The Reading List: Family memoirs

Alice-Azania Jarvis
Monday 25 July 2011 00:00
Comments

Literature

'My Father's Fortune' by Michael Frayn, Faber & Faber, £15.99

Winner of last week's PEN prize, Michael Frayn's atmospheric memoir traces his family lineage, from his grandparents through to his father, a builders' commercial traveller and perennial odd one out. Rich in domestic detail, the work is beautifully crafted and elegantly written.

Music

'I Slept with Joey Ramone' by Legs McNeil and Mickey Leigh, Touchstone, £11.99

Joey Ramone co-founded The Ramones, offering one of the defining sounds of 1970s New York. Here, his brother, Mickey Leigh, documents the rock star's evolution: from the suburban child with low self-esteem and possible obsessive compulsive disorder, to the Greenwich Village hipster and musical pioneer. A vibrant musical memoir.

Politics

'Dreams from My Father (A Story of Race and Inheritance)' by Barack Obama, Canongate, £8.99

The US President's memoirs deal not only with his own childhood but also with his parents' story. After receiving a phone call informing him of his father's death, Obama journeys to Africa to uncover the tale that made his dad the man he was. Concluding just as the future president enrolled at Harvard Law School, Dreams from My Father has become a must-read for anyone with an interest in politics.

Family

'Bad Blood: A Memoir' by Lorna Sage, Fourth Estate, £8.99

Harrowing and hopeful, Welsh literary critic Lorna Sage's book recounts her difficult childhood being brought up by a submissive mother and her tyrannical grandparents. Throughout, her grandfather, a womanising, hard-drinking cleric, looms large.

Medicine

'Madame Curie: A Biography' by Eve Curie, Da Capo Press, £14.99

Eve Curie chronicles the achievements of her mother, Marie Curie, the pioneering scientist renowned for her research on radioactivity. Beginning with her childhood in Poland, it recounts her marriage to Pierre Curie, her winning of two Nobel Prizes in Physics and Chemistry and the tragic irony of her death from aplastic anaemia.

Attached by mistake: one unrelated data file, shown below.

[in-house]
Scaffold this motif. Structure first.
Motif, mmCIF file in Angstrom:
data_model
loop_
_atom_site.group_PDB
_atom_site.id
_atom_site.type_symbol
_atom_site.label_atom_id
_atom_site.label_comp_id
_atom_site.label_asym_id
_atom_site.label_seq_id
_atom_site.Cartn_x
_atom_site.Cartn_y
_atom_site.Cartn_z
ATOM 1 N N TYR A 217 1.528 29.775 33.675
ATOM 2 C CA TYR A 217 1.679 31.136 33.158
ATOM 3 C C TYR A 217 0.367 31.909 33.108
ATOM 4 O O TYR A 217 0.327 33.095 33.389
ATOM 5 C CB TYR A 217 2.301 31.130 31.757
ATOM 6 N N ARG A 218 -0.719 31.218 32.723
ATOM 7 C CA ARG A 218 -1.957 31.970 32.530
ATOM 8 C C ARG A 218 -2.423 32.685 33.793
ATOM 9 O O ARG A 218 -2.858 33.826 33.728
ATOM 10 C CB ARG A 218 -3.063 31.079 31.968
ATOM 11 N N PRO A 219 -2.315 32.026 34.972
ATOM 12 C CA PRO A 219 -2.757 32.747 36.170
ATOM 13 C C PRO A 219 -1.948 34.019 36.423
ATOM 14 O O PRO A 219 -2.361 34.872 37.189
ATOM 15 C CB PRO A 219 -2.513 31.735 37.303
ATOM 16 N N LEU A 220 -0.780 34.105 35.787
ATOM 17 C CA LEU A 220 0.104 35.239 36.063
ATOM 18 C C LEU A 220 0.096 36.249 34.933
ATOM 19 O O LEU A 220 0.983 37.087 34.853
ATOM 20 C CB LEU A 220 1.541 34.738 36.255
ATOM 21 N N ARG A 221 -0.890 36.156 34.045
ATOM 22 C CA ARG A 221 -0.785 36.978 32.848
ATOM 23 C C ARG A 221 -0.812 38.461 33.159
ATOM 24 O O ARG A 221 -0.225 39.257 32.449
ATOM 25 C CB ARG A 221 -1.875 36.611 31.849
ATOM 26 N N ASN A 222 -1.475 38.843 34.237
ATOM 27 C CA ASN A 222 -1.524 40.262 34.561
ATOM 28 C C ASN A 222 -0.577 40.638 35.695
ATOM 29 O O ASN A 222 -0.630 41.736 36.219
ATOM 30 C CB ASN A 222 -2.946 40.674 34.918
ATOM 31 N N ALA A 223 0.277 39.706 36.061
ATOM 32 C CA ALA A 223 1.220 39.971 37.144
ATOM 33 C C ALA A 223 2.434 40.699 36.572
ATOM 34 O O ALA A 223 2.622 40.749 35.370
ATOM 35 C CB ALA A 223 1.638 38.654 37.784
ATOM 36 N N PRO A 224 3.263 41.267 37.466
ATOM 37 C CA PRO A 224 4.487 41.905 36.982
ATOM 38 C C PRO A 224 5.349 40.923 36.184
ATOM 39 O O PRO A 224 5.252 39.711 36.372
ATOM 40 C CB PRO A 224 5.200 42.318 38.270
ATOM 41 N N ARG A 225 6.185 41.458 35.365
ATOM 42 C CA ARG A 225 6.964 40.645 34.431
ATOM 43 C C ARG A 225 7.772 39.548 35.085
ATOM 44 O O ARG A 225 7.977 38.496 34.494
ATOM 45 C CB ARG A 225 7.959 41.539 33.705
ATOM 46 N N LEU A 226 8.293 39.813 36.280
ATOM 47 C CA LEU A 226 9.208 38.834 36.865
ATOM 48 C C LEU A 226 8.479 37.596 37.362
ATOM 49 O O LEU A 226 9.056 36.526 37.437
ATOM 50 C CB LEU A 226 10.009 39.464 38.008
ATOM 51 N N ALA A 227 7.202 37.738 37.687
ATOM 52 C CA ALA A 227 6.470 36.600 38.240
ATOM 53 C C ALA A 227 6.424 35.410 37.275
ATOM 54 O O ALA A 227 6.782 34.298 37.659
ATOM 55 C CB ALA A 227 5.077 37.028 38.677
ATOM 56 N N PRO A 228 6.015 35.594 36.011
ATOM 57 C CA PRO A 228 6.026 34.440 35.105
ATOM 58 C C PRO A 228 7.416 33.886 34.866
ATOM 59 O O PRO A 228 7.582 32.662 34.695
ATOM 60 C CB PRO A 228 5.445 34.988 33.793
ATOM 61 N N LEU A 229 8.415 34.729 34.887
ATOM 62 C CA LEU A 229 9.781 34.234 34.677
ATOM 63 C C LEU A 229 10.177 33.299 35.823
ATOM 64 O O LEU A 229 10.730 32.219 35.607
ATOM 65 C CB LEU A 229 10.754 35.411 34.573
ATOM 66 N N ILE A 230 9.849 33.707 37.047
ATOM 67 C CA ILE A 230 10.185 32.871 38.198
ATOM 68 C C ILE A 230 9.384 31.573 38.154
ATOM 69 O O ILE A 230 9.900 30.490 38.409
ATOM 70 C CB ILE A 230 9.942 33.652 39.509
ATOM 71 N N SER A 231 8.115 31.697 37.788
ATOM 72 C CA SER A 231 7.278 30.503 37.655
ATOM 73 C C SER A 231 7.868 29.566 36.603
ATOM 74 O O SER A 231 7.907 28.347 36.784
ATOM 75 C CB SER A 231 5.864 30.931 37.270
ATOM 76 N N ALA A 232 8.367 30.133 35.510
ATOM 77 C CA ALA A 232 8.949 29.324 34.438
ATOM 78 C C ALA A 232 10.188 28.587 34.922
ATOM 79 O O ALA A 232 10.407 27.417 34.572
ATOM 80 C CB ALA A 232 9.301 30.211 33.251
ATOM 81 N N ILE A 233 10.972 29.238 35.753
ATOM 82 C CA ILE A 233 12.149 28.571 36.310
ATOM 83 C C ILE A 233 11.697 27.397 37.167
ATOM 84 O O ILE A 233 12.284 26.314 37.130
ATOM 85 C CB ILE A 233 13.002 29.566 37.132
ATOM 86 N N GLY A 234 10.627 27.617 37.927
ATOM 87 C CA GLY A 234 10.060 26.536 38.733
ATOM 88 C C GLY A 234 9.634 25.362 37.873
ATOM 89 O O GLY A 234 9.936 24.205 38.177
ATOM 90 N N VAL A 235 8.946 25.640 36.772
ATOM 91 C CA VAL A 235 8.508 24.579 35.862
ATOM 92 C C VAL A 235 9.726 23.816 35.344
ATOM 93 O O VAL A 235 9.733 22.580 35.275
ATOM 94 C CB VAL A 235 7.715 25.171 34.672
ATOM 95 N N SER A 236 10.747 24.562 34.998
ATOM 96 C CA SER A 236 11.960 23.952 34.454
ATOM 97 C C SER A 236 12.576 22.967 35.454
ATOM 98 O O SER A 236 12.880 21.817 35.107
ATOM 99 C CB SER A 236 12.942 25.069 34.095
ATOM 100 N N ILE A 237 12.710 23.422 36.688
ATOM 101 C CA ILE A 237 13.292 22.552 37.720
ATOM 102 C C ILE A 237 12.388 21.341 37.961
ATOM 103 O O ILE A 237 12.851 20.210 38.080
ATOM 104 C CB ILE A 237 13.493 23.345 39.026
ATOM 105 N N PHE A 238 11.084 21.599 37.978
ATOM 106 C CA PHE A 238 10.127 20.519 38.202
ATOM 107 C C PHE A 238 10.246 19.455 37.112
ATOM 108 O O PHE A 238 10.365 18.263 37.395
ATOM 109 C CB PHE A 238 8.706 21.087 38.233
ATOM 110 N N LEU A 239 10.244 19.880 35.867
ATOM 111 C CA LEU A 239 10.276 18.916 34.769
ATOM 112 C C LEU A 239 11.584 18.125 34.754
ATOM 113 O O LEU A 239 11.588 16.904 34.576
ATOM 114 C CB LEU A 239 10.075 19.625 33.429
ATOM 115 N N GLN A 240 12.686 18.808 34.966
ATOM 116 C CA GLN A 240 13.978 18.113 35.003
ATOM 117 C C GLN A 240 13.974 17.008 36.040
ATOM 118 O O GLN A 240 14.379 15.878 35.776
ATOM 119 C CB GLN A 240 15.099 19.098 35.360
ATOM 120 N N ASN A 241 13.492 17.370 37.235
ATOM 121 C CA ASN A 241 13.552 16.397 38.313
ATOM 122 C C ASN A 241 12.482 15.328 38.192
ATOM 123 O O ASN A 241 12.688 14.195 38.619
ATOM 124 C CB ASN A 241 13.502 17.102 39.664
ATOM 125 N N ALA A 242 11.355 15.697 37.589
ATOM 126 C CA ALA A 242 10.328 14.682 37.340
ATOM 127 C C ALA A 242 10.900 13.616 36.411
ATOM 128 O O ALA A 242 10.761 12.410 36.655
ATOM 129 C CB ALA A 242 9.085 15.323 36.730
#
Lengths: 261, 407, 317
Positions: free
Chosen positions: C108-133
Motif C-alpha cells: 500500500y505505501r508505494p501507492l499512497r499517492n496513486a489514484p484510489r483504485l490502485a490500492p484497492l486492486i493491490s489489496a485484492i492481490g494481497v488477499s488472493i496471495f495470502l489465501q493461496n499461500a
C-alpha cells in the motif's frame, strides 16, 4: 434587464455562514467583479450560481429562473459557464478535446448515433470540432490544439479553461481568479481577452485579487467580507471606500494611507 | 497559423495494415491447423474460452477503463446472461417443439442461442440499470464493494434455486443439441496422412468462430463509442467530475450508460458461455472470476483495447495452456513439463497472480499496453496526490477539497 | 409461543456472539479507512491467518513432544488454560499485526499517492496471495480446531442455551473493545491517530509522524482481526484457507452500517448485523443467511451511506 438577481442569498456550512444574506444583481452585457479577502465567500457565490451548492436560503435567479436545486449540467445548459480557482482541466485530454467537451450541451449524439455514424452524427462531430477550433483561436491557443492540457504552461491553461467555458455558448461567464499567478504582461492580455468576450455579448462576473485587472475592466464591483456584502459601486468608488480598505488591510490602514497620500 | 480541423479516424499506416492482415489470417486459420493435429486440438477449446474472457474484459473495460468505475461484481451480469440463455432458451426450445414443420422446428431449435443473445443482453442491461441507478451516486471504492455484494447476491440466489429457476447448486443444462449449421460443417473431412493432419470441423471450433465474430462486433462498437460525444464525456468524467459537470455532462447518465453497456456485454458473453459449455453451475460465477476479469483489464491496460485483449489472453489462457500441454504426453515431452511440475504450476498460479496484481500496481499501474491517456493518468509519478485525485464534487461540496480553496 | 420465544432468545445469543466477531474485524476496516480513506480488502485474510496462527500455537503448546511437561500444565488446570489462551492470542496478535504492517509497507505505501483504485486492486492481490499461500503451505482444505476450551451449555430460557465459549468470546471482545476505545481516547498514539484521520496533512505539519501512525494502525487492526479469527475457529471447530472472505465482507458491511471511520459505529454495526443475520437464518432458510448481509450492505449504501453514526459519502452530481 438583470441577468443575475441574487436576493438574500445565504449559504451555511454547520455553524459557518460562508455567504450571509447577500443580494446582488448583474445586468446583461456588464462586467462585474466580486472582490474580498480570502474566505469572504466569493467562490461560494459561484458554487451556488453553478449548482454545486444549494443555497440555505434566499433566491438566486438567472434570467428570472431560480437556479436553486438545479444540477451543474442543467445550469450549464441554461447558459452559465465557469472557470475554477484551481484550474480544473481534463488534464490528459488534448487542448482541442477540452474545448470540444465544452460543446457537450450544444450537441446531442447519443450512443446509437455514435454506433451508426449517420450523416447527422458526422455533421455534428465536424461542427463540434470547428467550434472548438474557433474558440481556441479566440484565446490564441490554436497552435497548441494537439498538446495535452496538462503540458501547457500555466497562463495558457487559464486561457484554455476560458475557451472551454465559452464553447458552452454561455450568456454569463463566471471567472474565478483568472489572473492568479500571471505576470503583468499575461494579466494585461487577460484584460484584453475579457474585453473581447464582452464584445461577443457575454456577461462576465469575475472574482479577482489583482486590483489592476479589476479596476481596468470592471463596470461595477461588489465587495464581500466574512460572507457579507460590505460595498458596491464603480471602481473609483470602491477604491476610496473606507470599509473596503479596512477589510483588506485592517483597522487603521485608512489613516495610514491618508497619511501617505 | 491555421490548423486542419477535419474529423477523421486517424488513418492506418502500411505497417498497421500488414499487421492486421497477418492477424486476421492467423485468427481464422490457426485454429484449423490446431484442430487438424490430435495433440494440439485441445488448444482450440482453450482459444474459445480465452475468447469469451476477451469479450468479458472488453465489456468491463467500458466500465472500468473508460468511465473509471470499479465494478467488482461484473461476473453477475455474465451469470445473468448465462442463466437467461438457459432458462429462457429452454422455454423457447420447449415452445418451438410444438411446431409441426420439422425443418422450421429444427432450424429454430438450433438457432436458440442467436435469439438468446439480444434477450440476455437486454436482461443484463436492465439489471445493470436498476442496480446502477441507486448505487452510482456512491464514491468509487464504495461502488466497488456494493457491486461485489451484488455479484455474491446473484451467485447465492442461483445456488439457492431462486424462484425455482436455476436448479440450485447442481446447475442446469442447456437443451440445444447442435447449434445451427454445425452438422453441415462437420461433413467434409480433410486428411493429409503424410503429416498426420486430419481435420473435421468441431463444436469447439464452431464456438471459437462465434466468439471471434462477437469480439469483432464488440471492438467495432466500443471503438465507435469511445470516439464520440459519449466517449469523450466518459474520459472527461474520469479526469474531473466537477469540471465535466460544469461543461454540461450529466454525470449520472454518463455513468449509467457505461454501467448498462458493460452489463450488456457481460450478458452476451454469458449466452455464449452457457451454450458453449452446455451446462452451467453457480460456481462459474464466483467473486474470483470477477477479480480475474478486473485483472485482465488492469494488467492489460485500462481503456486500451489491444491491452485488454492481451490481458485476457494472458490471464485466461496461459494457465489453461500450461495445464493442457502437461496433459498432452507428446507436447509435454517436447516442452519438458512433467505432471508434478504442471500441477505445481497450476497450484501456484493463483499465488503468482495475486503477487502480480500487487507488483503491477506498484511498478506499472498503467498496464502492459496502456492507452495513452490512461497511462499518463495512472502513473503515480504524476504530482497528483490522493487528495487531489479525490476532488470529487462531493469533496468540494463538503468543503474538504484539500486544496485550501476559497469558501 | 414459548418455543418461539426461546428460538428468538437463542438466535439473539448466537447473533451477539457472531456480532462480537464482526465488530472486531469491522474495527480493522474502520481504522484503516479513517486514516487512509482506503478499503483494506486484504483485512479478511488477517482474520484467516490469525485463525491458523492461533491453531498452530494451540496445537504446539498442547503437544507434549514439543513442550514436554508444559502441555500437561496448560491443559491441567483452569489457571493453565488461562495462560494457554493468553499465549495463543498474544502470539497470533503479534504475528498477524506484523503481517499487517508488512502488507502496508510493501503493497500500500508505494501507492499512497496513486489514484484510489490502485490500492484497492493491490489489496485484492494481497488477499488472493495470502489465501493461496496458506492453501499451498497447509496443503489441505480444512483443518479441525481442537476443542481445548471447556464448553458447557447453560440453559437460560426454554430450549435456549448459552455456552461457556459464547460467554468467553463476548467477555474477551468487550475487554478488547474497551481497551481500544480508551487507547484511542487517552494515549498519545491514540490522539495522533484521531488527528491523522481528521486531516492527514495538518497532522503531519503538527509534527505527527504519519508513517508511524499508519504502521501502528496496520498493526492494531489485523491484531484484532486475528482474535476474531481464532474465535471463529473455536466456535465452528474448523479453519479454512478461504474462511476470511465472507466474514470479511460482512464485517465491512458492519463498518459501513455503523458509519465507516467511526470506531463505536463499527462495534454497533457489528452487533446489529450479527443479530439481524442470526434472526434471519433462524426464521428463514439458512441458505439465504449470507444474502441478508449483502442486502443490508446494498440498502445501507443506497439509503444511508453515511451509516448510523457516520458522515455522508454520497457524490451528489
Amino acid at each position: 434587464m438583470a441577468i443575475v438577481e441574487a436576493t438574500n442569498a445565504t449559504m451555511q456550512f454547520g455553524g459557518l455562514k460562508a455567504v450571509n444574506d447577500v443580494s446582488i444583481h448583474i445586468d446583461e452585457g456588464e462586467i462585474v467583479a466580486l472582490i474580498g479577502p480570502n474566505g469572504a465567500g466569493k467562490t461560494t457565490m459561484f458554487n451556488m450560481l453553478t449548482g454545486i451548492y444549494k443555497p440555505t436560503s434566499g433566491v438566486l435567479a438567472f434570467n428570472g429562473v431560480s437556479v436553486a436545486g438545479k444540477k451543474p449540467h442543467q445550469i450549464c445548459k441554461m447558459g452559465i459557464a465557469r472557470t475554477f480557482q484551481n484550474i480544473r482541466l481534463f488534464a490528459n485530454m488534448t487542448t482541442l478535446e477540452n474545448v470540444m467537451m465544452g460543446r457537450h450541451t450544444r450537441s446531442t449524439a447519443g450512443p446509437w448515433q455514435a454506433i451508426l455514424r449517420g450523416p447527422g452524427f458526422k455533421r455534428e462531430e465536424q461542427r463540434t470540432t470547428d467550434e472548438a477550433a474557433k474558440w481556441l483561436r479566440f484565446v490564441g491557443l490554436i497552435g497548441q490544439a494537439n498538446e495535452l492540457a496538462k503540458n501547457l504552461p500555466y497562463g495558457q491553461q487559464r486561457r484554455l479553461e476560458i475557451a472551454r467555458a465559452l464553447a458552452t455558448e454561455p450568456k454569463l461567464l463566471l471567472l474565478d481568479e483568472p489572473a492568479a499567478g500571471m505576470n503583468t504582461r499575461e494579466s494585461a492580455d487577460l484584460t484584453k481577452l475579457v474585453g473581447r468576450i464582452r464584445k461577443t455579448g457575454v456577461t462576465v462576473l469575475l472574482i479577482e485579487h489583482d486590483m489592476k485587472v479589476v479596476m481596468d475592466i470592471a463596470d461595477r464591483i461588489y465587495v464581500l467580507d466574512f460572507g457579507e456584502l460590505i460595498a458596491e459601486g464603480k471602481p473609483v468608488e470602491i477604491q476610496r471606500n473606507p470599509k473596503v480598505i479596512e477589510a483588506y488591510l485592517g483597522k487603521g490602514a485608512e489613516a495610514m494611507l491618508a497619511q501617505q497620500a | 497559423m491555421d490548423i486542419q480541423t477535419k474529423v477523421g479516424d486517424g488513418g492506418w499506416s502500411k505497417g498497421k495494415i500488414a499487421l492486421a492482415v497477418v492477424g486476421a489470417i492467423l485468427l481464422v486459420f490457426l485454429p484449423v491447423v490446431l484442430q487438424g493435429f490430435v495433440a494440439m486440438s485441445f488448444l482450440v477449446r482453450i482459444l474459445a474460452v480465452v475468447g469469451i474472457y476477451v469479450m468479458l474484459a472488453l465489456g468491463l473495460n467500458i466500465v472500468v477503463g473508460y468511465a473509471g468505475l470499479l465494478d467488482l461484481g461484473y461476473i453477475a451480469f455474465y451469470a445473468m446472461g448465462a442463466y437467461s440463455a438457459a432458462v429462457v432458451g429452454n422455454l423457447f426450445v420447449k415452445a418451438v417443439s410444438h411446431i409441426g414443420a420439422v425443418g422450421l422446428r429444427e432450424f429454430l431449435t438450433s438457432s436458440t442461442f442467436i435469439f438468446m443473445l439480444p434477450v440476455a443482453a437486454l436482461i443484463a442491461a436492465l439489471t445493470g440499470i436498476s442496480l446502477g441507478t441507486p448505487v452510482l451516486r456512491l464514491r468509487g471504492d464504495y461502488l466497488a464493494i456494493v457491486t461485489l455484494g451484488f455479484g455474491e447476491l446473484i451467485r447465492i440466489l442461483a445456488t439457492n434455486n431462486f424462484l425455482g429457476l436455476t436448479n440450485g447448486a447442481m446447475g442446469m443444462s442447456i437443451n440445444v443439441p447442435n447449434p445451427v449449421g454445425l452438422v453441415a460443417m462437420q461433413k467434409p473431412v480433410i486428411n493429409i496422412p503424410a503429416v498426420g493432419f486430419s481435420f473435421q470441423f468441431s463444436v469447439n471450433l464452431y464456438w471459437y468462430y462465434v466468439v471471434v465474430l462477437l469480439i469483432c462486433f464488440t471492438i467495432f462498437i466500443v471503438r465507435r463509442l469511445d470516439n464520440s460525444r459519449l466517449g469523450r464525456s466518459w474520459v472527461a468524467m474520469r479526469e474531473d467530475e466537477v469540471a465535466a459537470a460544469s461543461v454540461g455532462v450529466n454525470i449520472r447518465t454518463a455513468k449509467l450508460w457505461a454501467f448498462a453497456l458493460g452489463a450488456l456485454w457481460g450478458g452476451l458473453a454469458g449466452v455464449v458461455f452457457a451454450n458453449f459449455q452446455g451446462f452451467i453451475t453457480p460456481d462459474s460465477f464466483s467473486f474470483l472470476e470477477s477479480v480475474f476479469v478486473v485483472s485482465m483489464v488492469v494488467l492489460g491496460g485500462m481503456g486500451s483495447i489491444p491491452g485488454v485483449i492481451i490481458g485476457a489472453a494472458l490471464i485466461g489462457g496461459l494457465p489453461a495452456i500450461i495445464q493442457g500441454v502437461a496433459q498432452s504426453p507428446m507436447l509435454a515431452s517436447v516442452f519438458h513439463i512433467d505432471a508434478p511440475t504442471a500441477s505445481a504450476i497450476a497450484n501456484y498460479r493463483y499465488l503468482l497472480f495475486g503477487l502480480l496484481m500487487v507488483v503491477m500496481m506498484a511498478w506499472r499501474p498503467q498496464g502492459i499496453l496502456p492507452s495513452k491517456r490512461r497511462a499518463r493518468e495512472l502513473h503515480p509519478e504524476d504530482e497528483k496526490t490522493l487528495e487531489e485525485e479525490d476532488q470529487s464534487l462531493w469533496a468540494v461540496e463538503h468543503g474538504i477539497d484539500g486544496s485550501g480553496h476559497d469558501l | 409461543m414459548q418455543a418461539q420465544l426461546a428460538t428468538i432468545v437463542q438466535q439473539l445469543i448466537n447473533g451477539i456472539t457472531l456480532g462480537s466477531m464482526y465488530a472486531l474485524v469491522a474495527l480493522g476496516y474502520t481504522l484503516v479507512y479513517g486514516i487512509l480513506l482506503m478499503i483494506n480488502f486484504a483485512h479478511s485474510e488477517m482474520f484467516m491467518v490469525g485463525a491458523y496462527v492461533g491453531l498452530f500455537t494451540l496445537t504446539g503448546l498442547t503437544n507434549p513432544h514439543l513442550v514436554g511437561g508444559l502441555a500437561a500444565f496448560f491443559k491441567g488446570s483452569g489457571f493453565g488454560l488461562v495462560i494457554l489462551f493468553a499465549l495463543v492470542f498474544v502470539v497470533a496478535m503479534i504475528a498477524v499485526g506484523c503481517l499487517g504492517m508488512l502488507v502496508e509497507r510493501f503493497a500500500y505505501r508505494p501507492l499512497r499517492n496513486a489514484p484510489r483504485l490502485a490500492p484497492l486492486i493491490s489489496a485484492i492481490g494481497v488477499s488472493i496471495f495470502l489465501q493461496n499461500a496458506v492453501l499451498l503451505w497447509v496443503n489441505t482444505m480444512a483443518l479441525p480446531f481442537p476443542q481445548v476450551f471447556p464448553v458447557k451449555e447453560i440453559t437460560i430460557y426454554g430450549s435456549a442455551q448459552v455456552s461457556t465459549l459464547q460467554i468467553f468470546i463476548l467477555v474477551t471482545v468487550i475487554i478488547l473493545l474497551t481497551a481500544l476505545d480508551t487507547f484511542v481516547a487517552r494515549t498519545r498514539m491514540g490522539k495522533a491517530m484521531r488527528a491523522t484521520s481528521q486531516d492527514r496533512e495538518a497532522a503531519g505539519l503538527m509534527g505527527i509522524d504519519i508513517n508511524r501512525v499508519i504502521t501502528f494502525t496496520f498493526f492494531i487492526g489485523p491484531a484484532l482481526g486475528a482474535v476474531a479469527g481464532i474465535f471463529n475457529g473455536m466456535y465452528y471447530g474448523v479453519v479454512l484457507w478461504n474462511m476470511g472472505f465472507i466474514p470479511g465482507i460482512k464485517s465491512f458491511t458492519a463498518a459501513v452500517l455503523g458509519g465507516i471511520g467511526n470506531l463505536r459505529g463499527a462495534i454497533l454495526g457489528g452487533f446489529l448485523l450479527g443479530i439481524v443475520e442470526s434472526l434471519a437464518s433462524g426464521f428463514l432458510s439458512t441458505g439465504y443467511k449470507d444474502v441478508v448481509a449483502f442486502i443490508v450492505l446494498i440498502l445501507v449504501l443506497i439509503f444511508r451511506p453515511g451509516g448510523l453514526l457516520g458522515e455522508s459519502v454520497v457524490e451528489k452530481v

Register for free to continue reading

Registration is a free and easy way to support our truly independent journalism

By registering, you will also enjoy limited access to Premium articles, exclusive newsletters, commenting, and virtual events with our leading journalists

Please enter a valid email
Please enter a valid email
Must be at least 6 characters, include an upper and lower case character and a number
Must be at least 6 characters, include an upper and lower case character and a number
Must be at least 6 characters, include an upper and lower case character and a number
Please enter your first name
Special characters aren’t allowed
Please enter a name between 1 and 40 characters
Please enter your last name
Special characters aren’t allowed
Please enter a name between 1 and 40 characters
You must be over 18 years old to register
You must be over 18 years old to register
Opt-out-policy
You can opt-out at any time by signing in to your account to manage your preferences. Each email has a link to unsubscribe.

Already have an account? sign in

By clicking ‘Register’ you confirm that your data has been entered correctly and you have read and agree to our Terms of use, Cookie policy and Privacy notice.

This site is protected by reCAPTCHA and the Google Privacy policy and Terms of service apply.

Join our new commenting forum

Join thought-provoking conversations, follow other Independent readers and see their replies

Comments

Thank you for registering

Please refresh the page or navigate to another page on the site to be automatically logged in